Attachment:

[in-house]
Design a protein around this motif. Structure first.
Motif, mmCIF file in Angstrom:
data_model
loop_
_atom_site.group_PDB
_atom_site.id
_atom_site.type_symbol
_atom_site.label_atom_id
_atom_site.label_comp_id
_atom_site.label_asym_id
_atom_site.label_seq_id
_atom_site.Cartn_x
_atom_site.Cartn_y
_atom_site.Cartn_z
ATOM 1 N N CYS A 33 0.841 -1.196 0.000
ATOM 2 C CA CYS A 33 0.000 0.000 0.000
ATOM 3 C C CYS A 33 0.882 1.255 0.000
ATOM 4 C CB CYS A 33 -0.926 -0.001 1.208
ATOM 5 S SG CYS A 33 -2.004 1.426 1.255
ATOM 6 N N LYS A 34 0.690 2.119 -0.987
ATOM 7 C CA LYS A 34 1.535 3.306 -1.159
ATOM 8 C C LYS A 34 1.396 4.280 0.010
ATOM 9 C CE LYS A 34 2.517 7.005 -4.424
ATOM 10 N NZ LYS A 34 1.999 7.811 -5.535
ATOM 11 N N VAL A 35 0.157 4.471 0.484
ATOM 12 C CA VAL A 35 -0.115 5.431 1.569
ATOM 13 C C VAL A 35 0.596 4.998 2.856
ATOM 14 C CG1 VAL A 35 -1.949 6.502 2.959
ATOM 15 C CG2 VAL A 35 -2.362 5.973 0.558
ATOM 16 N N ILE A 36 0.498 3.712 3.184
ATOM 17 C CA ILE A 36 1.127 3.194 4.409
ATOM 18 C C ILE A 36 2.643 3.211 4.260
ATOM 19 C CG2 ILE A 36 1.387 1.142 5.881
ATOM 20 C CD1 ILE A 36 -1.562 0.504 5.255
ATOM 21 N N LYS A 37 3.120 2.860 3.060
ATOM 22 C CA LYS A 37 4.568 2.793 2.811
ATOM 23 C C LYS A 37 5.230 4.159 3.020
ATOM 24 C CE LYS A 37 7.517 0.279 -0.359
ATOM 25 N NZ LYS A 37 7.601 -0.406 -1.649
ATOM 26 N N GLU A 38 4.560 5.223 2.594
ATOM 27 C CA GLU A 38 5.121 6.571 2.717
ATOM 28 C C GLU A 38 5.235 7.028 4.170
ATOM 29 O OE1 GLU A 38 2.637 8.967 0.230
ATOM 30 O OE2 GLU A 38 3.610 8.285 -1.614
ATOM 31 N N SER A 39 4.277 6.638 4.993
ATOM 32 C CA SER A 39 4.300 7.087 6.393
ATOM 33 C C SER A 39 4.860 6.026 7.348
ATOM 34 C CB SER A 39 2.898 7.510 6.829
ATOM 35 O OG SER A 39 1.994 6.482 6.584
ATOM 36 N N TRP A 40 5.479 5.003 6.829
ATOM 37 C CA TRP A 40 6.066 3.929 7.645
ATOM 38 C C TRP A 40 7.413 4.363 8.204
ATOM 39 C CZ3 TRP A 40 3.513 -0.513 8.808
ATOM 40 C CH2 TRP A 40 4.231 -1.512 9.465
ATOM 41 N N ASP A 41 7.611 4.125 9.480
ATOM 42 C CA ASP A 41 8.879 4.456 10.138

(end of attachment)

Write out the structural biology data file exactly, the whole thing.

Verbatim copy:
[in-house]
Design a protein around this motif. Structure first.
Motif, mmCIF file in Angstrom:
data_model
loop_
_atom_site.group_PDB
_atom_site.id
_atom_site.type_symbol
_atom_site.label_atom_id
_atom_site.label_comp_id
_atom_site.label_asym_id
_atom_site.label_seq_id
_atom_site.Cartn_x
_atom_site.Cartn_y
_atom_site.Cartn_z
ATOM 1 N N CYS A 33 0.841 -1.196 0.000
ATOM 2 C CA CYS A 33 0.000 0.000 0.000
ATOM 3 C C CYS A 33 0.882 1.255 0.000
ATOM 4 C CB CYS A 33 -0.926 -0.001 1.208
ATOM 5 S SG CYS A 33 -2.004 1.426 1.255
ATOM 6 N N LYS A 34 0.690 2.119 -0.987
ATOM 7 C CA LYS A 34 1.535 3.306 -1.159
ATOM 8 C C LYS A 34 1.396 4.280 0.010
ATOM 9 C CE LYS A 34 2.517 7.005 -4.424
ATOM 10 N NZ LYS A 34 1.999 7.811 -5.535
ATOM 11 N N VAL A 35 0.157 4.471 0.484
ATOM 12 C CA VAL A 35 -0.115 5.431 1.569
ATOM 13 C C VAL A 35 0.596 4.998 2.856
ATOM 14 C CG1 VAL A 35 -1.949 6.502 2.959
ATOM 15 C CG2 VAL A 35 -2.362 5.973 0.558
ATOM 16 N N ILE A 36 0.498 3.712 3.184
ATOM 17 C CA ILE A 36 1.127 3.194 4.409
ATOM 18 C C ILE A 36 2.643 3.211 4.260
ATOM 19 C CG2 ILE A 36 1.387 1.142 5.881
ATOM 20 C CD1 ILE A 36 -1.562 0.504 5.255
ATOM 21 N N LYS A 37 3.120 2.860 3.060
ATOM 22 C CA LYS A 37 4.568 2.793 2.811
ATOM 23 C C LYS A 37 5.230 4.159 3.020
ATOM 24 C CE LYS A 37 7.517 0.279 -0.359
ATOM 25 N NZ LYS A 37 7.601 -0.406 -1.649
ATOM 26 N N GLU A 38 4.560 5.223 2.594
ATOM 27 C CA GLU A 38 5.121 6.571 2.717
ATOM 28 C C GLU A 38 5.235 7.028 4.170
ATOM 29 O OE1 GLU A 38 2.637 8.967 0.230
ATOM 30 O OE2 GLU A 38 3.610 8.285 -1.614
ATOM 31 N N SER A 39 4.277 6.638 4.993
ATOM 32 C CA SER A 39 4.300 7.087 6.393
ATOM 33 C C SER A 39 4.860 6.026 7.348
ATOM 34 C CB SER A 39 2.898 7.510 6.829
ATOM 35 O OG SER A 39 1.994 6.482 6.584
ATOM 36 N N TRP A 40 5.479 5.003 6.829
ATOM 37 C CA TRP A 40 6.066 3.929 7.645
ATOM 38 C C TRP A 40 7.413 4.363 8.204
ATOM 39 C CZ3 TRP A 40 3.513 -0.513 8.808
ATOM 40 C CH2 TRP A 40 4.231 -1.512 9.465
ATOM 41 N N ASP A 41 7.611 4.125 9.480
ATOM 42 C CA ASP A 41 8.879 4.456 10.138